Note: counts do not include items in sub-categories
Google plans to corner the wind energy market in New Jersey.
It's a first-of-its kind venture that could cost Google and its partners $1.3 billion, but one Google believes fits its core mission: You can make money without doing evil.
Chatham-Kent was fertile ground for the Liberals when rolling out their plans to populate rural Ontario with turbines ...Would eight wind turbines have been erected as close to a municipal airport in rural Ontario had the local municipality been allowed to be more involved in the turbines' location?
Germany and Spain are waking up to the inevitable truth about renewable energy, especially offshore wind. They are now realizing the projects cannot survive without subsidies and that they make energy much more expensive to households and businesses. In an age of austerity, they are a luxury even Germany, Europe's economic powerhouse, cannot fully afford any more.
What's at stake here? For Wrightman and other anti-wind activists, the issue is freedom of speech and their right to fight to protect themselves and the value of their homes from the noise and other issues that come with having 500-foot-tall turbines in their neighborhoods. Regardless of your feelings about wind energy, NextEra's SLAPP suit against Wrightman should be condemned. She is simply exercising her rights.
New Hampshire's forests, lakes and scenic landscapes are central to our state's identity. ...But recent land purchases by Northern Pass project developers suggest that a potential route for transmission towers and lines may attempt to cross land protected by the Connecticut Headwaters easement.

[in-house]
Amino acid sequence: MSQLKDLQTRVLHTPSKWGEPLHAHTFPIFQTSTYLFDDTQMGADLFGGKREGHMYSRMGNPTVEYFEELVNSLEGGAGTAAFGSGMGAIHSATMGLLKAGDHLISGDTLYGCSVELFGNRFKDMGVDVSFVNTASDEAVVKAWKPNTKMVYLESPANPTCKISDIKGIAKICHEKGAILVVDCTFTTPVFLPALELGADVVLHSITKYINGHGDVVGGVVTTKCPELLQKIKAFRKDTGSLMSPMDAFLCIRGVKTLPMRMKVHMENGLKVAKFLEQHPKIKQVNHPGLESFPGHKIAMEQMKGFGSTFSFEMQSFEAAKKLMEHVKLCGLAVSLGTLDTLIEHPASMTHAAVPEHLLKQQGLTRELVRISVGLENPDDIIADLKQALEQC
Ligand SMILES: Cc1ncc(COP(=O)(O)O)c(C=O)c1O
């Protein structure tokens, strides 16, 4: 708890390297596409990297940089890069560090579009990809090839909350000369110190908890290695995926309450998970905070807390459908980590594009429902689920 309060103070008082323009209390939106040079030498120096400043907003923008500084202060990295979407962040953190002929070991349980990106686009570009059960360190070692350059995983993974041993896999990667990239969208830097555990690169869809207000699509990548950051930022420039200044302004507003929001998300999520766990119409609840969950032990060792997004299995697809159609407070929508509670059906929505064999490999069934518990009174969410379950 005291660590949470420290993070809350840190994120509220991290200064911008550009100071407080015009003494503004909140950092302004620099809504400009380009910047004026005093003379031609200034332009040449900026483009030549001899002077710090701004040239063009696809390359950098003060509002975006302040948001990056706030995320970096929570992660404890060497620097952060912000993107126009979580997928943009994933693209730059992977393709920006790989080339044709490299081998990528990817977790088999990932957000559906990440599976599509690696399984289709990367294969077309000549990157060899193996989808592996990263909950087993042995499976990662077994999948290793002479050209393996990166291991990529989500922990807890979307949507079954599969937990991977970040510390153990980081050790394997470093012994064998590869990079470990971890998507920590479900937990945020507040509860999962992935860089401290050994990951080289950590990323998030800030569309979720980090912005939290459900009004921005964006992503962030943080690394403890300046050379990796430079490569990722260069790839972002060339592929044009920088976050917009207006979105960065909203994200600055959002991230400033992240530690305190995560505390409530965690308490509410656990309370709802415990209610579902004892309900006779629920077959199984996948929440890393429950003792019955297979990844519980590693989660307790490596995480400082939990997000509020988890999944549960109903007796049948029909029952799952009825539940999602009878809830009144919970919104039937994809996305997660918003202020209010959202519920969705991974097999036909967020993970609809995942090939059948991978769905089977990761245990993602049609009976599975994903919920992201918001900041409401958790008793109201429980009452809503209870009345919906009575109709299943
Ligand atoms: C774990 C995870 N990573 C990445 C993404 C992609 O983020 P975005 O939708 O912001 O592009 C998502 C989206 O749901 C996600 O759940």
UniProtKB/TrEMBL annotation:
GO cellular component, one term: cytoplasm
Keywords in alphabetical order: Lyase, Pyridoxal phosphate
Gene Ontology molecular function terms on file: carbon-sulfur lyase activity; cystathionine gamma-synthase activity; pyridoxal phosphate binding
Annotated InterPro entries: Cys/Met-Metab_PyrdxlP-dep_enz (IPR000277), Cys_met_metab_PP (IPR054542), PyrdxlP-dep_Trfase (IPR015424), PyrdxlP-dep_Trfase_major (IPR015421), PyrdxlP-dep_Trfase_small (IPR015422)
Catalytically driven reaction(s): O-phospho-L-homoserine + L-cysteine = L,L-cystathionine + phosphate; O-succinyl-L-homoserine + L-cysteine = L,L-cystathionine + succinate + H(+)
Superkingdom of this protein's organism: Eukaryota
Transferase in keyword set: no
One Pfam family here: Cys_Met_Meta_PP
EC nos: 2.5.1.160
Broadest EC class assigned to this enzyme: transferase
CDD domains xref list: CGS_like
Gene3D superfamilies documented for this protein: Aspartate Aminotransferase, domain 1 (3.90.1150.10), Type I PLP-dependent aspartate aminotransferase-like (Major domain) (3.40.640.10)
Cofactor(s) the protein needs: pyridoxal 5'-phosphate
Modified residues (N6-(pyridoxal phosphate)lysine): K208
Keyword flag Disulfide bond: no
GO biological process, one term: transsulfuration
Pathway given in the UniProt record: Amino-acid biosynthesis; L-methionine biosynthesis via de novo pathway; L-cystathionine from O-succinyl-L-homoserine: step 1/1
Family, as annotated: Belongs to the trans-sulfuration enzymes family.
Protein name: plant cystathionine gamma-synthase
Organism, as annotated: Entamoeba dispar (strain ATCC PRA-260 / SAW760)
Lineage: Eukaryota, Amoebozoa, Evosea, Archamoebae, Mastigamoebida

That would unnecessarily jeopardize some our state's most treasured land.
A $32 billion energy corporation has filed a massive lawsuit against an Ontario environmentalist named Esther Wrightman.
It's a SLAPP suit: Strategic litigation against public participation.
It's not really about legal arguments. It's about crushing Wrightman with legal bills and burning up her time, so she can't spend time campaigning against them.
Most worrying was that while promising to give municipalities more say over where turbines are constructed, that power won't be bestowed until hundreds, perhaps thousands, more industrial wind turbines are erected on Ontario's skyline. This is because projects already navigating the approvals process are unlikely to be subjected to the province's new process.
In my experience most supporters of turbines change their mind when they actually see them. I cannot believe Cameron would be happy if the villagers of Ellesborough took his bribe and put turbines on the Chilterns above Chequers. These things are not just in someone's "back yard", they are in the back yards of all Britain. The gulf has never been so wide between the rural landscape and the perception of it by ministers and commentators, who mostly live in London and holiday abroad.
The government and its cheerleaders wrap the drive to zero CO2 emissions in the language of growth, jobs, investment and innovation. ...and claims the energy bill will create 250,000 jobs. Even if that is achievable, it's the product of the single-entry bookkeeping so common in political green-energy projections. You can create any number of jobs putting up subsidized windmills or installing solar panels. But if in the process you drive up energy costs or taxes throughout the economy, you're bound to destroy more work than you create.